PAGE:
It’s 2017 and people still believe in Bigfoot. And if they don’t, then they still find ways to profit off of people believing Bigfoot is a thing at actually exists. In North Carolina, one woman says she has invented a spray that will attract Bigfoot out of the wild and to within a mile and a half of your current location.
Bigfoot Juice sells for $7 a bottle and is advertised as being environmentally friendly, yet no visual physical evidence Bigfoot sightings have been reported by anyone using the spray. Of course, there is a lot of ground that can go unseen in the span of a mile and a half.
“How do you know it works?” Bigfoot Juice creator Allie Webb pondered to The Charlotte Observer. “That’s a tough question. I guess I could ask how do you know it doesn’t work?”
This woman has wrote Bigfoot Juice on a bottle. What an inventor….
— CHRISTS BLOOD (@LamStock) September 15, 2017
One research group dedicated to tracking Bigfoot, however, claims they have seen evidence of Bigfoot following the use of Bigfoot Juice.
Field tests have been done, she said, and they include a recent outing by the research group Bigfoot 911, in which a Bigfoot sighting was reported. It happened the first week of August, in the woods of McDowell County. The report made national news.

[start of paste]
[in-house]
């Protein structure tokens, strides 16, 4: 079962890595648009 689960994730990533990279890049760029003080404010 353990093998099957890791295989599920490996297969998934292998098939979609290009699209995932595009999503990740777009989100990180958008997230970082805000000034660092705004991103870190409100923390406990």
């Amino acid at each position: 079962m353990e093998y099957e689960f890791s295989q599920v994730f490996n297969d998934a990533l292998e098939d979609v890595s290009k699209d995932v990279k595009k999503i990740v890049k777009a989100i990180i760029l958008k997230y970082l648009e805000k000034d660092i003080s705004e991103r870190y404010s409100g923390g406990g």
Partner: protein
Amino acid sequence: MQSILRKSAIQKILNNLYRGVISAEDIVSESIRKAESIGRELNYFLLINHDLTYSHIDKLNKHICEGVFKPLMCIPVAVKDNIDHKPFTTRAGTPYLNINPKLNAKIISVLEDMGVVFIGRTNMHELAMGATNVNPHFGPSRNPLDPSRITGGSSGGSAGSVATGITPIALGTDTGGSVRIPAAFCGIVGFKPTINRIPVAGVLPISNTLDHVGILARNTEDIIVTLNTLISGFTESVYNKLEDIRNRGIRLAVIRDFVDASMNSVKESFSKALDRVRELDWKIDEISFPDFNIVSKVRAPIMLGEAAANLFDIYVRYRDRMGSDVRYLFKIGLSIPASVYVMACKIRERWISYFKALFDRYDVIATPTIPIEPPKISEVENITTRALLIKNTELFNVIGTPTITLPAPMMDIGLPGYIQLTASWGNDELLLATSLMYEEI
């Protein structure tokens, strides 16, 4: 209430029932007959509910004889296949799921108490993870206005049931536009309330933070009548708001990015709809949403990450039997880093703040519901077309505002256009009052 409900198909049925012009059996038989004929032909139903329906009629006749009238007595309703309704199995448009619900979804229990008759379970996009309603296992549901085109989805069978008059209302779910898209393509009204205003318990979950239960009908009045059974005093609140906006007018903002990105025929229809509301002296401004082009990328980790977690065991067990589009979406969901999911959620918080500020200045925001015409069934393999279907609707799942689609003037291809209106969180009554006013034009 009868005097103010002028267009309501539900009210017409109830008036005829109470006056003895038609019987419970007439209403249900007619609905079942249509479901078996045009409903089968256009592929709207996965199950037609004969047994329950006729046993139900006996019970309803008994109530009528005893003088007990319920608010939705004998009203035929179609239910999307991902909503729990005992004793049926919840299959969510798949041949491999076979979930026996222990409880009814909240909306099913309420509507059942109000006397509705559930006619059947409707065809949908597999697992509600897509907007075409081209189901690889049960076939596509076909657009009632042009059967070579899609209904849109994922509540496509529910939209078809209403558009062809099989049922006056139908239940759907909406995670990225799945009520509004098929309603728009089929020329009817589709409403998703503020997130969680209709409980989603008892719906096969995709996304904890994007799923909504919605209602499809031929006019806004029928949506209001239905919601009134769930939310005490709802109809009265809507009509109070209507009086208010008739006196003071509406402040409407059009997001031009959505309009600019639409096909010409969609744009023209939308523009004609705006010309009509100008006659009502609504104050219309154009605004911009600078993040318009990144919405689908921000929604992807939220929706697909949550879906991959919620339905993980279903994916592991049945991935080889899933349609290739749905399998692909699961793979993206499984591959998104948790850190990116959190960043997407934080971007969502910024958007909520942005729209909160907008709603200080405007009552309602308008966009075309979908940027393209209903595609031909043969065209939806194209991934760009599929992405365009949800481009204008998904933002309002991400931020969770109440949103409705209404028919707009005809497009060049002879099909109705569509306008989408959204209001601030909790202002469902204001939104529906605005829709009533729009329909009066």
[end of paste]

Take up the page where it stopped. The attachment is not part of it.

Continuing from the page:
“I think that’s enough to say it can attract a Bigfoot,” says Webb. “To attract a Bigfoot, you need a smell that is woodsy enough to keep from scaring him off. But slightly different enough to make him curious, and come to investigate.”
If you don’t buy the fact this will attract Bigfoot to your campground, then you will probably take solace in the fact this Bigfoot spray is also an insect repellant. Or, to put it more bluntly, this is an insect repellant designed to profit off the Bigfoot phenomena. There’s actually nothing wrong with that. This is America, darn it!
If nothing else, this should make for a good gag gift this upcoming holiday season.